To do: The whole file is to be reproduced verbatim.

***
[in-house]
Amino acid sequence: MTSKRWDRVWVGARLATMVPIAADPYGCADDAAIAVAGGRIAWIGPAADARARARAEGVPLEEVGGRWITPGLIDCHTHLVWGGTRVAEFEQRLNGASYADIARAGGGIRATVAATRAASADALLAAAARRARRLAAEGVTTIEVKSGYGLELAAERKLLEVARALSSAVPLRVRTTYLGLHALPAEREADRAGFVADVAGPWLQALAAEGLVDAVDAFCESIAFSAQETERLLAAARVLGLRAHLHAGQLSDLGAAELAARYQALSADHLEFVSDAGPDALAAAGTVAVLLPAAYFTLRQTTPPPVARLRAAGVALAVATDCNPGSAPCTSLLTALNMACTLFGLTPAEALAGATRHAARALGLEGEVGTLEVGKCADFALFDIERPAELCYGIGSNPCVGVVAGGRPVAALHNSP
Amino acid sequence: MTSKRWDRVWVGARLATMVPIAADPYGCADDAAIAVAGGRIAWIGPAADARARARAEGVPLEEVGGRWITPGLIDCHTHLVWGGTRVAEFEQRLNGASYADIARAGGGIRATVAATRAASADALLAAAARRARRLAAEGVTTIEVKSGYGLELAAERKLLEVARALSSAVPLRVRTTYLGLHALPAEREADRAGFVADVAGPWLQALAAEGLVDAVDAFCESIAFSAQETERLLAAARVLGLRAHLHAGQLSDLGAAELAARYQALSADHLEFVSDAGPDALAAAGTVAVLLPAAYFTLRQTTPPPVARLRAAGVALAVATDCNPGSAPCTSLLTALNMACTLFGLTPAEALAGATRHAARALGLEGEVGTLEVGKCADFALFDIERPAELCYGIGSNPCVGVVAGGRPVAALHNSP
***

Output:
[in-house]
Amino acid sequence: MTSKRWDRVWVGARLATMVPIAADPYGCADDAAIAVAGGRIAWIGPAADARARARAEGVPLEEVGGRWITPGLIDCHTHLVWGGTRVAEFEQRLNGASYADIARAGGGIRATVAATRAASADALLAAAARRARRLAAEGVTTIEVKSGYGLELAAERKLLEVARALSSAVPLRVRTTYLGLHALPAEREADRAGFVADVAGPWLQALAAEGLVDAVDAFCESIAFSAQETERLLAAARVLGLRAHLHAGQLSDLGAAELAARYQALSADHLEFVSDAGPDALAAAGTVAVLLPAAYFTLRQTTPPPVARLRAAGVALAVATDCNPGSAPCTSLLTALNMACTLFGLTPAEALAGATRHAARALGLEGEVGTLEVGKCADFALFDIERPAELCYGIGSNPCVGVVAGGRPVAALHNSP
Amino acid sequence: MTSKRWDRVWVGARLATMVPIAADPYGCADDAAIAVAGGRIAWIGPAADARARARAEGVPLEEVGGRWITPGLIDCHTHLVWGGTRVAEFEQRLNGASYADIARAGGGIRATVAATRAASADALLAAAARRARRLAAEGVTTIEVKSGYGLELAAERKLLEVARALSSAVPLRVRTTYLGLHALPAEREADRAGFVADVAGPWLQALAAEGLVDAVDAFCESIAFSAQETERLLAAARVLGLRAHLHAGQLSDLGAAELAARYQALSADHLEFVSDAGPDALAAAGTVAVLLPAAYFTLRQTTPPPVARLRAAGVALAVATDCNPGSAPCTSLLTALNMACTLFGLTPAEALAGATRHAARALGLEGEVGTLEVGKCADFALFDIERPAELCYGIGSNPCVGVVAGGRPVAALHNSP